|Title of host publication||Unknown Host Publication|
|Publisher||World Confederation for Physical Therapy|
|Number of pages||1|
|Publication status||Published - 2003|
|Event||International Congress of the World Confederation of Physical Therapists - Barcelona|
Duration: 1 Jan 2003 → …
|Conference||International Congress of the World Confederation of Physical Therapists|
|Period||1/01/03 → …|
Bibliographical noteReference text: Objective: To identify patients' perceptions of the role and benefits of exercise in the
treatment of fibromyalgia syndrome (FMS).
Design: A postal questionnaire was sent to all 225 members of the Northern Ireland
Fibromyalgia Support Group. The questionnaire consisted of 19 questions and was subdivided
into four sections: (1) background information; (2) previous treatment; (3)
opinions on the role of exercise in FMS and (4) current participation in, and barriers to,
exercise. Data were analysed using descriptive statistics.
Results: A response rate of 51.1% (115/225) was achieved. Forty nine percent (57) of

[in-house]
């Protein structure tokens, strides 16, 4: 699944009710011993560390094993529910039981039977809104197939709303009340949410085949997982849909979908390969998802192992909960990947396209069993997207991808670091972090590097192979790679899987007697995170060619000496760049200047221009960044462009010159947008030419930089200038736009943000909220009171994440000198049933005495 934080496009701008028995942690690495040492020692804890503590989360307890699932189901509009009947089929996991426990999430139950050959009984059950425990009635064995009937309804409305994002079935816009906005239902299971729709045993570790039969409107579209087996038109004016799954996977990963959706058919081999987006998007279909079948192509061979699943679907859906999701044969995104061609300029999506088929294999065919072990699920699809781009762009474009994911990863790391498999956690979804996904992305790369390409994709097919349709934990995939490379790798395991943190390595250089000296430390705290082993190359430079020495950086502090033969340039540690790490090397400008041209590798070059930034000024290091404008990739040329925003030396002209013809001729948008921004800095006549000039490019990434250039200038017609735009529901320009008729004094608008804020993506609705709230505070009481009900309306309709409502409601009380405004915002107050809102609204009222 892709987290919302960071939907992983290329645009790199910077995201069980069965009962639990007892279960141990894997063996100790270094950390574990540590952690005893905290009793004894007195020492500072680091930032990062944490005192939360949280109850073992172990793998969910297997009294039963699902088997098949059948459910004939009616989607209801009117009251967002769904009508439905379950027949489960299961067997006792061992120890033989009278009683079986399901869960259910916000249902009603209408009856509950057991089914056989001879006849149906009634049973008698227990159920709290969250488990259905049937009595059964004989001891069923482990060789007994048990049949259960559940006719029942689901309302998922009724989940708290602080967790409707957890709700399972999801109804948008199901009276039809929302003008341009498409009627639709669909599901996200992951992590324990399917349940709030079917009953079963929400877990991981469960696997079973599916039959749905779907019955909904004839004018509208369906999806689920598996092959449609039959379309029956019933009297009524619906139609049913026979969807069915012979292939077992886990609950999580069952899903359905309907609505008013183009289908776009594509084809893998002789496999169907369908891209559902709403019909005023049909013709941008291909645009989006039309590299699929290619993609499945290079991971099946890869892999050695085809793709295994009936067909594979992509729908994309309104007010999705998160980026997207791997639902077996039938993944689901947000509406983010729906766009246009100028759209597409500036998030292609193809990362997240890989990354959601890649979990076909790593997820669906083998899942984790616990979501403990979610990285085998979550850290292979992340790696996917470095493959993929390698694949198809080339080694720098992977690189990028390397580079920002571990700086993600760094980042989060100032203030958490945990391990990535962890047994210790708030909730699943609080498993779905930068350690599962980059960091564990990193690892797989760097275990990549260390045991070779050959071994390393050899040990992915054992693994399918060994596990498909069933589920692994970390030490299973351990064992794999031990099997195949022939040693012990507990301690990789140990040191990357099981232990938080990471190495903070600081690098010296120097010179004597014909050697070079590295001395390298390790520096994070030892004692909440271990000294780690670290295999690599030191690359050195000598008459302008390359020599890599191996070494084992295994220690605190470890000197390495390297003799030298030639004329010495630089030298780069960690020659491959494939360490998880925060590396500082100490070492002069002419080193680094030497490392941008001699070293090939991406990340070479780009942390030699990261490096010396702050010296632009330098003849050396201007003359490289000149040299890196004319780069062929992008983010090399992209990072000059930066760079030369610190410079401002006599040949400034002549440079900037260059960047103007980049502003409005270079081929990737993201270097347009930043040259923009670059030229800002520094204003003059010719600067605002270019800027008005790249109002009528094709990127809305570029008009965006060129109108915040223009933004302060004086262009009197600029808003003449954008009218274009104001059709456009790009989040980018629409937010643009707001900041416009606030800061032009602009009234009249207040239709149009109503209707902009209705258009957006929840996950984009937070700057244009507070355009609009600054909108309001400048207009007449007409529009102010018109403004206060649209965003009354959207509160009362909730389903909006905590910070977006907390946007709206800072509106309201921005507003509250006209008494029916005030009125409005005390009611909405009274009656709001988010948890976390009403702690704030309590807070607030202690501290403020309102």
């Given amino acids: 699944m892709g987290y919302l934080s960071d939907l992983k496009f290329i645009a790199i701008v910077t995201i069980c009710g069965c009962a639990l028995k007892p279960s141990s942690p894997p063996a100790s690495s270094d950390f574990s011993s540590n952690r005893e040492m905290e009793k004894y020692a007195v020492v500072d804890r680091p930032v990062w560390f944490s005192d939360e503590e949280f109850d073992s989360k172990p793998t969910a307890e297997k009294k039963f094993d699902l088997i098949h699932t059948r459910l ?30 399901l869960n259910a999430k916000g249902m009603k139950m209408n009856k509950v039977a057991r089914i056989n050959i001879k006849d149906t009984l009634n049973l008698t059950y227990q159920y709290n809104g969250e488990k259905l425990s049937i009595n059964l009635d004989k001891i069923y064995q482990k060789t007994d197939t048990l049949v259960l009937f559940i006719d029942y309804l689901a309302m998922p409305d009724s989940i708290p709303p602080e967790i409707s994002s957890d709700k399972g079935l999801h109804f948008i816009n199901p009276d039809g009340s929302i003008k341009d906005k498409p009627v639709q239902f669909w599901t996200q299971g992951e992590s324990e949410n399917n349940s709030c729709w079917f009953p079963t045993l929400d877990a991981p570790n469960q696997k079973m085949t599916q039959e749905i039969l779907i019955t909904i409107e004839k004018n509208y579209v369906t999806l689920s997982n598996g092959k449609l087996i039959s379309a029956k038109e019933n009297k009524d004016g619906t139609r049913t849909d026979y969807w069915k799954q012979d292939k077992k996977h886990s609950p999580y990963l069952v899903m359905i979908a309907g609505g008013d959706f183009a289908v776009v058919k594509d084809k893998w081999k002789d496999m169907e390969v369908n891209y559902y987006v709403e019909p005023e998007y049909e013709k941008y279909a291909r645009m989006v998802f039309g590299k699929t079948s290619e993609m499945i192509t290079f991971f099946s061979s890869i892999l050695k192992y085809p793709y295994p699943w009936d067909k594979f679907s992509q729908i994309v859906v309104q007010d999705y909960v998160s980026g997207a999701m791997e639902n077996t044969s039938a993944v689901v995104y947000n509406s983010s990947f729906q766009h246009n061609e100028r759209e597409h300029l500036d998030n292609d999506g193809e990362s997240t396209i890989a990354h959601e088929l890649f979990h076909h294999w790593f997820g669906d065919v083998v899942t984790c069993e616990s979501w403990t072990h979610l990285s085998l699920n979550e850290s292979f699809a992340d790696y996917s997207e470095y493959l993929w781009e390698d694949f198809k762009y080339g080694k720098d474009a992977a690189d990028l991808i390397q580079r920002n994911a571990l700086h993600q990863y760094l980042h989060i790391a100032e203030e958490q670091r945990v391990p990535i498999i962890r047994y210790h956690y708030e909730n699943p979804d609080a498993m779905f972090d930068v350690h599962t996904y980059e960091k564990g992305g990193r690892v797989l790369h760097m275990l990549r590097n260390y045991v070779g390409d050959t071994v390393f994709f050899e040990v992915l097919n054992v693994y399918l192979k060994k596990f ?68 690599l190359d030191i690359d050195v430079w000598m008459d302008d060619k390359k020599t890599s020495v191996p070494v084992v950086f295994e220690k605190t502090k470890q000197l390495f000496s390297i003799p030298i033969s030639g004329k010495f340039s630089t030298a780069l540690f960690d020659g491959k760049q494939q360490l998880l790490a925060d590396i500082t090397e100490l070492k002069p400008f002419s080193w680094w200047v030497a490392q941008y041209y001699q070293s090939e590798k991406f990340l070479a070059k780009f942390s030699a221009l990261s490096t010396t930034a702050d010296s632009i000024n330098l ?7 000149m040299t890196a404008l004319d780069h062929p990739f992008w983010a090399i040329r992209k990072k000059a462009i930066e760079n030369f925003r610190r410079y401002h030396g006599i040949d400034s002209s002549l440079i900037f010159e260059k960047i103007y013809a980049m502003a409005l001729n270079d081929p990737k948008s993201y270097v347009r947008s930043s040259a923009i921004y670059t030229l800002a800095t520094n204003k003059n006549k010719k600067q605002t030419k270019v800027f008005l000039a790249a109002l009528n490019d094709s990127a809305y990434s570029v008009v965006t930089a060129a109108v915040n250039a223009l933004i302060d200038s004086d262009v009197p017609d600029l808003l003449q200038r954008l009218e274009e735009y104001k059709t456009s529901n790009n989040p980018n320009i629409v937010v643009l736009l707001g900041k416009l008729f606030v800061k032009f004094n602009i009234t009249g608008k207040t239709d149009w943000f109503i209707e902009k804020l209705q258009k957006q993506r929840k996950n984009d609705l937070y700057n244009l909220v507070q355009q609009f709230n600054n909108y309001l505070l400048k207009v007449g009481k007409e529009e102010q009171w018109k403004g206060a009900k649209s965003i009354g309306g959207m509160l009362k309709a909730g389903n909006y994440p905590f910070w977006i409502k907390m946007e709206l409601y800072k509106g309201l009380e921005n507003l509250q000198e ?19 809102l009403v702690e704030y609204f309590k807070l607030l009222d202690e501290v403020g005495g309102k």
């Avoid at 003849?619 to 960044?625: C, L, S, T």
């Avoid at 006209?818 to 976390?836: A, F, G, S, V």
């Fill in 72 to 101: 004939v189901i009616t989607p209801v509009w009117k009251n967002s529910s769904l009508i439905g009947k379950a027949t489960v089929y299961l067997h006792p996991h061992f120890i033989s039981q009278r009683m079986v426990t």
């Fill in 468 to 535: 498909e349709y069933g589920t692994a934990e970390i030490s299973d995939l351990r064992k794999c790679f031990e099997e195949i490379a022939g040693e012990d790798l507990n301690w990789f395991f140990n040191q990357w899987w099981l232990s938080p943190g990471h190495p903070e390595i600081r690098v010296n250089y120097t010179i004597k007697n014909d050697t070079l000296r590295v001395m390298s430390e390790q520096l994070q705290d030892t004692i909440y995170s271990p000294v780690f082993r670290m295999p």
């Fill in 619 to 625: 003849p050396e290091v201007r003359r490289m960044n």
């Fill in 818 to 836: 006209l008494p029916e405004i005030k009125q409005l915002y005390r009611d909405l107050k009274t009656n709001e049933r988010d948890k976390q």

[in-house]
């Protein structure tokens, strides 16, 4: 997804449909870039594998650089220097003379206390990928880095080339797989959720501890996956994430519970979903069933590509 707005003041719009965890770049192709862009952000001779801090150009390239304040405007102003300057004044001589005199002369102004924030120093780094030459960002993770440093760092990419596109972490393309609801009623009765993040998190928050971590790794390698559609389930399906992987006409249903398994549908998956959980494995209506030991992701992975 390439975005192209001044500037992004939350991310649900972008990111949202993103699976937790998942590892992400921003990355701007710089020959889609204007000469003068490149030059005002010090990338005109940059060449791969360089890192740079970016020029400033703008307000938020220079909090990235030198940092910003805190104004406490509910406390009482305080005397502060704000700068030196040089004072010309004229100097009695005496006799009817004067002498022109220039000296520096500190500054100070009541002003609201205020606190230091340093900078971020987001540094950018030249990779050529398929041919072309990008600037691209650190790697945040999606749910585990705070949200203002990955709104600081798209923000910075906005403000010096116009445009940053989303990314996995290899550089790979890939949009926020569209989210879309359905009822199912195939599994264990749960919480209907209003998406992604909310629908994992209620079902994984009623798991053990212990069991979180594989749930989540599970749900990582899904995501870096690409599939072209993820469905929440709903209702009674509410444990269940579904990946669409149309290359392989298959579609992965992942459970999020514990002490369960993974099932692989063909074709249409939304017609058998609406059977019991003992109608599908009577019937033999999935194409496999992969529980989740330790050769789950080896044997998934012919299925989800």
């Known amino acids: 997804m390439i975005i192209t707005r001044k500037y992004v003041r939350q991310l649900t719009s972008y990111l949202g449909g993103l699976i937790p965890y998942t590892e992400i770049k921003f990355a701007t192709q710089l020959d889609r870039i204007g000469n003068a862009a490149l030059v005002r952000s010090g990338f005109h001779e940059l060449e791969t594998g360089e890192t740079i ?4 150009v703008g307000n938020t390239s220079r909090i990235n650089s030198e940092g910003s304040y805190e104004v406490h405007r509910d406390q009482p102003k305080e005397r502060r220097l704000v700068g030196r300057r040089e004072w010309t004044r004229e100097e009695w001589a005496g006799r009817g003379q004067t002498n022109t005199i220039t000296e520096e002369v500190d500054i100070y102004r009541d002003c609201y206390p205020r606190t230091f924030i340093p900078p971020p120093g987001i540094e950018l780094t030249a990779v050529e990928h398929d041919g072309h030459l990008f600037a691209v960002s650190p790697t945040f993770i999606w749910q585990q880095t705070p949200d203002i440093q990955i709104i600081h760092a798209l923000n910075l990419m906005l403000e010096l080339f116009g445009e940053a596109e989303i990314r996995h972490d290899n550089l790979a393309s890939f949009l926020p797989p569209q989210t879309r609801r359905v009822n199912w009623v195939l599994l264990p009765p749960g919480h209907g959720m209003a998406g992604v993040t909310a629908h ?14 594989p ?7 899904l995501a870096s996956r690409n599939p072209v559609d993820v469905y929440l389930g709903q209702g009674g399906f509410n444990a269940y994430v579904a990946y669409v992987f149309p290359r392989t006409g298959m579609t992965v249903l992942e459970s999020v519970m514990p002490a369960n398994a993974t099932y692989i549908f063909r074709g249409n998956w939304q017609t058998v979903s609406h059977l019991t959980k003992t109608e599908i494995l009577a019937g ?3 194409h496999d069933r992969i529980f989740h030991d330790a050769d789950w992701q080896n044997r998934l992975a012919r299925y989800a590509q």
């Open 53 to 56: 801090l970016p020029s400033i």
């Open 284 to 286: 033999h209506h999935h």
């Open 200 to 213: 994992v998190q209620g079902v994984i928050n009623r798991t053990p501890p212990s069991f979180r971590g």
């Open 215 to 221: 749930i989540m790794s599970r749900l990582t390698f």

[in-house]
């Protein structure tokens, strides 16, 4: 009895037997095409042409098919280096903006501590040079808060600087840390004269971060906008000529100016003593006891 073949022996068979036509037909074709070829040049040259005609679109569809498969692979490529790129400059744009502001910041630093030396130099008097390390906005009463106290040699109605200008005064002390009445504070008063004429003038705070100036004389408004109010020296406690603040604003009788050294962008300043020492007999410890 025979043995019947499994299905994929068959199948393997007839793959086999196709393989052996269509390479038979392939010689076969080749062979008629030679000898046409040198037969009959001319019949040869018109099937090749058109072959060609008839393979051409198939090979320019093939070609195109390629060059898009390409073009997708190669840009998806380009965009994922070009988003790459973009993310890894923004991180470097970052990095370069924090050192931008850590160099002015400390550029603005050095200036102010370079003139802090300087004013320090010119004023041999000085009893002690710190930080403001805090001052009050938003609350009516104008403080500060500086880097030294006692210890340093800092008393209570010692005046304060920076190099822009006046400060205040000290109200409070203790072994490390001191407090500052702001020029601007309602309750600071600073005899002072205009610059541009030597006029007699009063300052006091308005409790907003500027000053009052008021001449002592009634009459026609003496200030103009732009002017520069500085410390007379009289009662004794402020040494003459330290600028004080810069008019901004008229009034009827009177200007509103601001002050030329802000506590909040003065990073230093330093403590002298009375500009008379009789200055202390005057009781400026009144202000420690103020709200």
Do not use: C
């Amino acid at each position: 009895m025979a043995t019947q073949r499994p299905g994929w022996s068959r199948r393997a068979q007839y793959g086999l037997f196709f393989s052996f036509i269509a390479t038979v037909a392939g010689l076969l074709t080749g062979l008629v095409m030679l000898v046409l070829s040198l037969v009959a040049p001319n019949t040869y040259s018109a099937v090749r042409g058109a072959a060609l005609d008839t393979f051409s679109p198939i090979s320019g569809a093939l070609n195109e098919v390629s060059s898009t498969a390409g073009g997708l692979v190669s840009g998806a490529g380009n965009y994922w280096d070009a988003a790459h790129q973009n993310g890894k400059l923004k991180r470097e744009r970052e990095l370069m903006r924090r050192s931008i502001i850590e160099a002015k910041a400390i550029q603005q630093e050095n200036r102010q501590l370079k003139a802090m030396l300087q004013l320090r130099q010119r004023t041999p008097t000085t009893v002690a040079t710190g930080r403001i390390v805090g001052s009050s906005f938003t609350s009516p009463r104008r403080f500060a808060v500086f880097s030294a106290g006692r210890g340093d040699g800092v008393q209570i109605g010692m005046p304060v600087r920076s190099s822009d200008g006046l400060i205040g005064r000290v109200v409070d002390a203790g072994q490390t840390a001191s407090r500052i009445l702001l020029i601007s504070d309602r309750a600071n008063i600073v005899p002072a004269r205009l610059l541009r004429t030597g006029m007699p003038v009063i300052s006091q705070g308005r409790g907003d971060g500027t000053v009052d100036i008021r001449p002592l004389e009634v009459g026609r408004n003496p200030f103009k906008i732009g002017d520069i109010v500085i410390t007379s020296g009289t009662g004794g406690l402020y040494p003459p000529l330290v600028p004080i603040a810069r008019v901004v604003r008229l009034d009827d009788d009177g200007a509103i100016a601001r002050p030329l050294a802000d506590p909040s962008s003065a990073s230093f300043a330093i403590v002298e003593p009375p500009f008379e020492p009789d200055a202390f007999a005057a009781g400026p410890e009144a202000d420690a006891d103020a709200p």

respondents were receiving FMS-associated disability benefits and 13% (15) were working
full-time. All reported previous treatment for FMS. Ninety-six (84%) had received
medication and 82 (71%) exercise-based therapy. Just over half (42/82) of those who had
participated in exercise therapy reported it to be an effective management strategy. Two thirds
(48/71) of those who used bedrest, and over half (52/96) of those who used medications
reported these interventions to be effective. Eighty-two per cent (94) ‘agreed’ or ‘strongly
agreed’ that exercise improved fitness and 60% (69) ‘agreed’ or ‘strongly agreed’ that exercise
increased feelings of well-being, but only 13.9% (16) reported that it reduced their pain. The
most commonly reported barriers to exercise were fatigue (85%, 98) and pain (73%, 84).
Conclusion: Exercise therapy is a common treatment for fibromyalgia syndrome, but while
respondents accepted its general health benefits, the vast majority did not report that it
reduced their pain.
- women’s health